- Close all the windows and turn on air conditioning – does it turn on and cool the space quickly?
- After you’re satisfied with the A/C, turn up the heat and make sure the furnace operates, too.
- Does the thermostat operate correctly and initiate the controls in a reasonable amount of time?
- Go outside and examine the A/C condenser – is it clean and in good repair?
- Check the utility closet – is the furnace (and any other head ends) clean and functioning?
- Are the vent registers and air ducts reasonably clean and well-maintained?
- If there is a fireplace, is it free of debris and dust? If it is electric, turn it on to test operation.
Electrical & appliances
The electrical system is another huge component of a comfortable living space – be sure to review all these items before committing to a lease.
- Examine the electrical panel – are any of the breakers tripped?
- Turn on all the lights and ceiling fans simultaneously – do they all work without a hitch?
- Walk around each room and look for outlets – if you plug your phone charge in does it enter the outlet cleanly and supply power?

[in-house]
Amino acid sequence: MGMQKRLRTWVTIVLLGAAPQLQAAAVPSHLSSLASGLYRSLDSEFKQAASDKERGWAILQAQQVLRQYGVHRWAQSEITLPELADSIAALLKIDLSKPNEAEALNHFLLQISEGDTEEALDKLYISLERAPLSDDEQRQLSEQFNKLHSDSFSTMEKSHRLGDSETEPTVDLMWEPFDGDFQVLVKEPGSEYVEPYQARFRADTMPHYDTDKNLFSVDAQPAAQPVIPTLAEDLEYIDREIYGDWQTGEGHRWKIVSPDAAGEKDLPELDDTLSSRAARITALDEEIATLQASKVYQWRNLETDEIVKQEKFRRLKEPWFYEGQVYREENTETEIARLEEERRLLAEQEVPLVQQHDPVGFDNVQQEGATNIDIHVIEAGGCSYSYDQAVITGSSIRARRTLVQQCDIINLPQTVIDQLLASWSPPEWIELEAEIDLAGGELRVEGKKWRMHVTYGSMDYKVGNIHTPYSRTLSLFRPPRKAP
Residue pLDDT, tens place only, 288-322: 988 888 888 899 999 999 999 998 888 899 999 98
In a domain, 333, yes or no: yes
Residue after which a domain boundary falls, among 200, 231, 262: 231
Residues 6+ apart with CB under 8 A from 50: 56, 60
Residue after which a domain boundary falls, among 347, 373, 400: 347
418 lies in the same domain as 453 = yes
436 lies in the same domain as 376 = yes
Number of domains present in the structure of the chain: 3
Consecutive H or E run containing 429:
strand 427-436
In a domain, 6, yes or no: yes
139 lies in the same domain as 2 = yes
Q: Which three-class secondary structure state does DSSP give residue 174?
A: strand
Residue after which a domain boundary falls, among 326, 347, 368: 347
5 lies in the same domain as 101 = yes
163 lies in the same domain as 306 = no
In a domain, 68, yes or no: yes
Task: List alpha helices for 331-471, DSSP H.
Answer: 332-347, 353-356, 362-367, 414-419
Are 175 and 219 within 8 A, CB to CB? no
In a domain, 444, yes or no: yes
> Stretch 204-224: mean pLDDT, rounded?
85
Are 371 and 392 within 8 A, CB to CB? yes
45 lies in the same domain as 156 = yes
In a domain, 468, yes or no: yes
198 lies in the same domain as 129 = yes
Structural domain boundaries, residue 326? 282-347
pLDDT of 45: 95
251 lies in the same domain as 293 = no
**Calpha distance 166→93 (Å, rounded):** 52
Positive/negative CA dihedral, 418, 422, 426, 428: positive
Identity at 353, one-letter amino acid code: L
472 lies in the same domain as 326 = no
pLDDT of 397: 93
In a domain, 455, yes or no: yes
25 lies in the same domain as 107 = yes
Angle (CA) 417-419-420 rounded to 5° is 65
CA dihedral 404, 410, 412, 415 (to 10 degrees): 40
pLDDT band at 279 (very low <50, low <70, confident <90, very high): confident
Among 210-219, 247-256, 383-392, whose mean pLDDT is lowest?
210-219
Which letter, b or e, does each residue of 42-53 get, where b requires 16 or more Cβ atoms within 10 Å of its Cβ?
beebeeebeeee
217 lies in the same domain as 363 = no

- Are the existing light fixtures sufficient or will you need to supply lamps?
- Are there any TV (cable, satellite) or internet outlets? You will typically see an RG6 cable (screw-on F-connector) or a Cat6 outlet (ethernet port). Are they in good locations?
- Open the refrigerator and freezer – do they feel cold and do all the lights work?
- Examine the dishwasher and oven range – do they all look clean and functional? Do all the burners on the stove top work?
- Does the microwave turn on and appear clean?
Walls, ceiling, & floors
This is a good time to take a second, more detailed walkthrough of the entire rental and see what condition the floors, walls, and ceiling are in. Look for any obvious damage.
- Is the house very cool or hot when you are walking around? This is a good sign of how efficient and well-insulated it is. (Keep in mind when considering utility bills.)
- Are there any stains from water damage on the walls or ceiling?
- Are there any cracks or holes, large or small, in any of the walls or ceiling?